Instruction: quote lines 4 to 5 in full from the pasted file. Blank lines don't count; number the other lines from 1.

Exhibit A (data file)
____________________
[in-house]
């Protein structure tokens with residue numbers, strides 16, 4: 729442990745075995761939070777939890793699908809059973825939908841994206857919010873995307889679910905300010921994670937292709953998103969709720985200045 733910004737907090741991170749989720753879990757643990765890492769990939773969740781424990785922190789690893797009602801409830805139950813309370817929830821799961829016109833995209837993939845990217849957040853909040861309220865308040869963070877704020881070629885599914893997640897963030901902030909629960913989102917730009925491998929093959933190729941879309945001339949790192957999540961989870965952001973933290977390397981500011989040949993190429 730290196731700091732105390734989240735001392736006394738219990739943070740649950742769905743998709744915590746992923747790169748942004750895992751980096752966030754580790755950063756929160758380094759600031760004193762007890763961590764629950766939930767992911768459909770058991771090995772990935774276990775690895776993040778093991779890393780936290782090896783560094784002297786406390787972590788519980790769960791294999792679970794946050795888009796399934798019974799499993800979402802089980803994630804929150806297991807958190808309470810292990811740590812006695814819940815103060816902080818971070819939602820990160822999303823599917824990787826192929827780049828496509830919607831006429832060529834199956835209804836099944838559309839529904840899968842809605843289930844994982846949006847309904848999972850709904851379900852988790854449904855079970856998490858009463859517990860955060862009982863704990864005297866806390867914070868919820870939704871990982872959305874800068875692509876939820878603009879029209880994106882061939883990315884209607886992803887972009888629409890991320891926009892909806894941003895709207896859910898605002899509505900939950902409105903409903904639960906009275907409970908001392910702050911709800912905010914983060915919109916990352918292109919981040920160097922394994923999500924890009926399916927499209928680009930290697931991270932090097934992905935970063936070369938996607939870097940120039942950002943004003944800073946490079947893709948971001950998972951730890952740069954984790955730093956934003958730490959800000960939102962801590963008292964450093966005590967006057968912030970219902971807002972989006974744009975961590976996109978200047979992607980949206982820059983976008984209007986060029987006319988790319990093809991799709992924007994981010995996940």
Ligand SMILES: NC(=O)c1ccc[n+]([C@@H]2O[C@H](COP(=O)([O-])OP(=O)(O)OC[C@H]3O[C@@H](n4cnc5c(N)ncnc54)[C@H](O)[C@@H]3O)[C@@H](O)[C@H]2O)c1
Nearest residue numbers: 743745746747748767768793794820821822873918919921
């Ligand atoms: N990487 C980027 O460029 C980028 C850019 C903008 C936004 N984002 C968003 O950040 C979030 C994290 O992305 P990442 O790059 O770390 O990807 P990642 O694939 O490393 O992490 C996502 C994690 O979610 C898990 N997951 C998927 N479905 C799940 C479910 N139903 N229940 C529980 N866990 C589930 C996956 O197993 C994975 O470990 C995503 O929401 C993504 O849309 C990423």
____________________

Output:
Nearest residue numbers: 743745746747748767768793794820821822873918919921
């Ligand atoms: N990487 C980027 O460029 C980028 C850019 C903008 C936004 N984002 C968003 O950040 C979030 C994290 O992305 P990442 O790059 O770390 O990807 P990642 O694939 O490393 O992490 C996502 C994690 O979610 C898990 N997951 C998927 N479905 C799940 C479910 N139903 N229940 C529980 N866990 C589930 C996956 O197993 C994975 O470990 C995503 O929401 C993504 O849309 C990423």